Climate Change – Picturing the Science

Cover of Climate Change – Picturing the ScienceClimate Change – Picturing the Science
Gavin Schmidt and Joshua Wolfe, Norton, 2009

This is the perfect book to give someone who doesn’t know much about climate change but  is interested in knowing more. It is authoritative but non-technical, uncompromising but never shrill or aggressive, and lucid but not simplistic.

Schmidt is a climate scientist at NASA and co-founder of RealClimate, and in the latter role he has patiently explained climate science to all comers from school children to fellow experts, for years. He is very, very good at it and here he has recruited similarly well-qualified people to write on specific topics. Any single chapter can stand alone, making the book simultaneously very browsable and a useful fill-the-gaps reference.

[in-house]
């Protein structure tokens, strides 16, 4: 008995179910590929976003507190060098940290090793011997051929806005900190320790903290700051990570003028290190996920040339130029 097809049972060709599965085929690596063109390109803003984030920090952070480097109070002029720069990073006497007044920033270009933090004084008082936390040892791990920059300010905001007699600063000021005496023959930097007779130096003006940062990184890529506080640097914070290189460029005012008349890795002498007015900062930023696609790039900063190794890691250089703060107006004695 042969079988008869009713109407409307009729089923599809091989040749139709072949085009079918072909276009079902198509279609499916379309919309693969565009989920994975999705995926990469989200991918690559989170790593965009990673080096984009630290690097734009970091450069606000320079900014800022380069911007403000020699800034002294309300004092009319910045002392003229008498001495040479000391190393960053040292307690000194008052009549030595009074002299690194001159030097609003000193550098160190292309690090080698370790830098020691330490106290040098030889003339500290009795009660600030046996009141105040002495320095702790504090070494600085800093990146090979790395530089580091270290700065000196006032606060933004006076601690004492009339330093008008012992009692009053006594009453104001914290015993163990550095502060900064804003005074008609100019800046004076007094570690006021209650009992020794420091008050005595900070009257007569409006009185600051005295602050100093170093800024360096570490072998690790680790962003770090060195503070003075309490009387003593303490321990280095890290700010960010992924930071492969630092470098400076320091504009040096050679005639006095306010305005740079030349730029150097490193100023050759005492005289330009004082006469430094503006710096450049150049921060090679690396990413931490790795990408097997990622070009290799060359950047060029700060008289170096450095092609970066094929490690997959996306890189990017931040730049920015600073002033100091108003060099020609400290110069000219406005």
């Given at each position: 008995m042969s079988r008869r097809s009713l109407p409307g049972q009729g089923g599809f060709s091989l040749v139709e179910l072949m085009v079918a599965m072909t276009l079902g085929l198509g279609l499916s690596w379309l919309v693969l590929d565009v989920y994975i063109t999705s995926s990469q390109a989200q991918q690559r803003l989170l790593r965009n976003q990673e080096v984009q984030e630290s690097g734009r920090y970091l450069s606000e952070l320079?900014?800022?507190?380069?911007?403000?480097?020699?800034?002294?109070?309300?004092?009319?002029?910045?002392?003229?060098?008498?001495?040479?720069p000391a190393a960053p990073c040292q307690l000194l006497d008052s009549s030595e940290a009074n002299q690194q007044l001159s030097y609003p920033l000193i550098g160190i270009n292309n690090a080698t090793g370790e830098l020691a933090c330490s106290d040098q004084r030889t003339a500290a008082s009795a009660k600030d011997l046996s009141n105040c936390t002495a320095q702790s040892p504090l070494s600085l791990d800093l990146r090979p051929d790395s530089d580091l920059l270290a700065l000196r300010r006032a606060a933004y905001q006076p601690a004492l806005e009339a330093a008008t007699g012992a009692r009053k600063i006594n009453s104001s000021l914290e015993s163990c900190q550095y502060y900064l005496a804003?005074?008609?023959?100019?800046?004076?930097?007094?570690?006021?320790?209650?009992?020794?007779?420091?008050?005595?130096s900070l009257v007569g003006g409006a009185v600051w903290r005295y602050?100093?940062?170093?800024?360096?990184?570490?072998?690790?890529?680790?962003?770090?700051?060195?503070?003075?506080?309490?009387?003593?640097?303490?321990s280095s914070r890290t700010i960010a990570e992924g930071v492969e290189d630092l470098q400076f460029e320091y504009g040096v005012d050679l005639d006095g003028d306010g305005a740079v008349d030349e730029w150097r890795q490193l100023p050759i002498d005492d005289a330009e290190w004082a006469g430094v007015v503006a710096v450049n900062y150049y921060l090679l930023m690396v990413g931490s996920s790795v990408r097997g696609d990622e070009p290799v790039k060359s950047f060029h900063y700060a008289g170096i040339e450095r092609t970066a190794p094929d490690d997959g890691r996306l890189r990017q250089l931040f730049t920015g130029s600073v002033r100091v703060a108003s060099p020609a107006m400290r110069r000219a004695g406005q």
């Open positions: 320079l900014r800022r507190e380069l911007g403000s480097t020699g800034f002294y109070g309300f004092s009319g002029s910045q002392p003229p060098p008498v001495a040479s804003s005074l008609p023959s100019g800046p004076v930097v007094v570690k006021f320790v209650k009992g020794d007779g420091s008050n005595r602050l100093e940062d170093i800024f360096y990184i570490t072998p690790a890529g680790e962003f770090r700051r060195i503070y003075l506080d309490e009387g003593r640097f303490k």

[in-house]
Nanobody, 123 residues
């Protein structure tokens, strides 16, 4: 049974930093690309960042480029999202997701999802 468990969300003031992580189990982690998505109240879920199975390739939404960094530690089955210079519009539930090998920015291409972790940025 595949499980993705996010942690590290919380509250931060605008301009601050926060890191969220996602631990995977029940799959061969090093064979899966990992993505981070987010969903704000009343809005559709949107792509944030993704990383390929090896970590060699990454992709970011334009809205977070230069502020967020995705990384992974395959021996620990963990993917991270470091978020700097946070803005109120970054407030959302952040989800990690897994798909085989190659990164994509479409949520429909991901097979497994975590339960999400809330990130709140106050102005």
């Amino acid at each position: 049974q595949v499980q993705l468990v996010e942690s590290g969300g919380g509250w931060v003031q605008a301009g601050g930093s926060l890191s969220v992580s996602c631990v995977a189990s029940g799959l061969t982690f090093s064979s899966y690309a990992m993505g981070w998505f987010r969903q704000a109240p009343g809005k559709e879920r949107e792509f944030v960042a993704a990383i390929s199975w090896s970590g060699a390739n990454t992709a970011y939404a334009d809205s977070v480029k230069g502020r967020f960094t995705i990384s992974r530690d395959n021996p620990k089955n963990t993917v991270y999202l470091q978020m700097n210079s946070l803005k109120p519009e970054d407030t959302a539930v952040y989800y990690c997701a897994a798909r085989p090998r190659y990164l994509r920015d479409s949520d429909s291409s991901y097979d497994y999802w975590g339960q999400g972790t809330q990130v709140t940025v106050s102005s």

Schmidt’s over-arching metaphor for the book is the health of our planet: Symptoms, Diagnosis and Cure. It’s a good metaphor (the Buddha used it 2500 years ago, so it has a good long track record!) and it lets him organise a complicated mass of material into a coherent story about how we know what’s going on around us, why it’s happening and what’s likely to happen, and how we might avert the worst of the likely consequences.

So far, so much better than most books on the subject, but it gets better still. His co-author is a photographer and the book is copiously illustrated with excellent photos – scientists at work, hurricanes, threatened species, Arctic houses subsiding into thawing permafrost, air pollution in Beijing … all sorts of images, and all relevant and memorable.

Longer reviewsNature and Daily Kos.

One thought on “Climate Change – Picturing the Science”

Leave a Reply